Simple question, I am looking for the law citation.

  • Any previous research by the OP would have shown: a): that the European Council is composed mainly of the national leaders (heads of state [4] or government [23]) of the 27 member states ; b): a veto power, per se, doesn't exist (and where, then in the Council of Ministers). Vote to close due to lack of research. Commented Aug 27, 2022 at 4:51
  • 3
    I don't see a problem with the question. There is an effective veto power where the treaties require unanimity in the Council, which is the case for certain enumerated decisions but not others.
    – terps8
    Commented Aug 27, 2022 at 7:28
  • 1
    @terps8 indeed, and a responsive answer only has to point out those decisions that must be unanimous, citing the relevant treaty provisions.
    – phoog
    Commented Aug 27, 2022 at 7:52
  • I fail to see how this is simple - the matter is very complex.
    – Trish
    Commented Aug 27, 2022 at 9:03
  • @MarkJohnson Any reasonable person aware a little of the EU's governance knows how the European Council works. That was not the question. The citations were the question. Veto power does exist, since unanimity is required where the council is to effectively ratify or assent to legislation passed by the Parliament. And I did look for it, couldn't find the specific EU law.
    – kisspuska
    Commented Aug 27, 2022 at 10:30

1 Answer 1


What TFEU or other EU law provision provides for the veto power of a head of state in the European Council?


  • European Council
    • is composed mainly of the national leaders (heads of state [4] or government [23]) of the 27 member states.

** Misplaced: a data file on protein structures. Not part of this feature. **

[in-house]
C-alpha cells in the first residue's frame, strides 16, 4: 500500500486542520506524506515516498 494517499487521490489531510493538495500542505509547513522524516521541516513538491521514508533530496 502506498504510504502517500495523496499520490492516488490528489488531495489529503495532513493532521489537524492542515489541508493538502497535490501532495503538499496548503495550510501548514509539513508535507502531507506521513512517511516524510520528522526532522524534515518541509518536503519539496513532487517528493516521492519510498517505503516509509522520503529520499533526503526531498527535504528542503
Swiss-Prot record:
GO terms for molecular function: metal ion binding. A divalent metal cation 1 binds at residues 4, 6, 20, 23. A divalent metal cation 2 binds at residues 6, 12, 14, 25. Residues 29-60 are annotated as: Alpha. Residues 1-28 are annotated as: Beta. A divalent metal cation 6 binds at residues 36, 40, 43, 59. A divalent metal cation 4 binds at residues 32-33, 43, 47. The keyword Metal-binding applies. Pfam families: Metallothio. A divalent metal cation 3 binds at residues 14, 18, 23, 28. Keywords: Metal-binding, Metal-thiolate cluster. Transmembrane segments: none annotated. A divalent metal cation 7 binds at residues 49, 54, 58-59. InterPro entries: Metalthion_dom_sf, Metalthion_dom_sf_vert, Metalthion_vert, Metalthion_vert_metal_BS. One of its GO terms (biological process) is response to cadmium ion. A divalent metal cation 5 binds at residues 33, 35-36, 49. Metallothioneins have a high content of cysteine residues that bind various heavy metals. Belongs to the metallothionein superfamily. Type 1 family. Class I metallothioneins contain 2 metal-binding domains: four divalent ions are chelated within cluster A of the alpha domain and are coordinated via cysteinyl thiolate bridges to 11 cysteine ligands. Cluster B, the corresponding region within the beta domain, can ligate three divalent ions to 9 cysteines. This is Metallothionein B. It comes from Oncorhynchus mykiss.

The European Council’s role is to provide the impetus, general political directions and priorities for the EU’s development (Article 15 of the Treaty on European Union — TEU), ...
    It does not carry out any legislative function. However, it defines the strategic guidelines for legislative and operational planning within the area of freedom, security and justice (Article 68 TFEU).

  • Council of the European Union (simply called ‘the Council’)
    • sometimes also called: Council of Ministers

    The Council meets in 10 configurations, bringing together the relevant ministers from the Member States
    The Council, together with the European Parliament, carries out legislative and budgetary functions. It is also the lead institution for decision-making on the common foreign and security policy (CFSP). Member States coordinate their economic policies within the Council.

    • when they can't agree, then it is often referred to the European Council
  • Qualified majority

Under the ordinary legislative procedure, the Council acts by Qualified majority, in codecision with the Parliament.

  • Unanimity
    • is the term that is used (not veto)

    Unanimity, where all EU Member States have to agree, is one of the voting rules applicable to the Council. The Council has to vote unanimously on a number of policy areas which the Member States consider to be sensitive.
    The policy areas where the Council acts unanimously are exhaustively listed by the Treaties.

For both the ‘the Council' and the 'European Council', Qualified majority is the default and Unanimity the exception.

The cases of Unanimity are mostly meantioned (using that term) within an Article sub-paragraph and lists the sub-paragraphs that are effected.

A major exception is Article 238(2), where only Foreign Affairs and Security Policy is listed.

I have added a link of those cases that I could find below.

Assume the list is not compleate.




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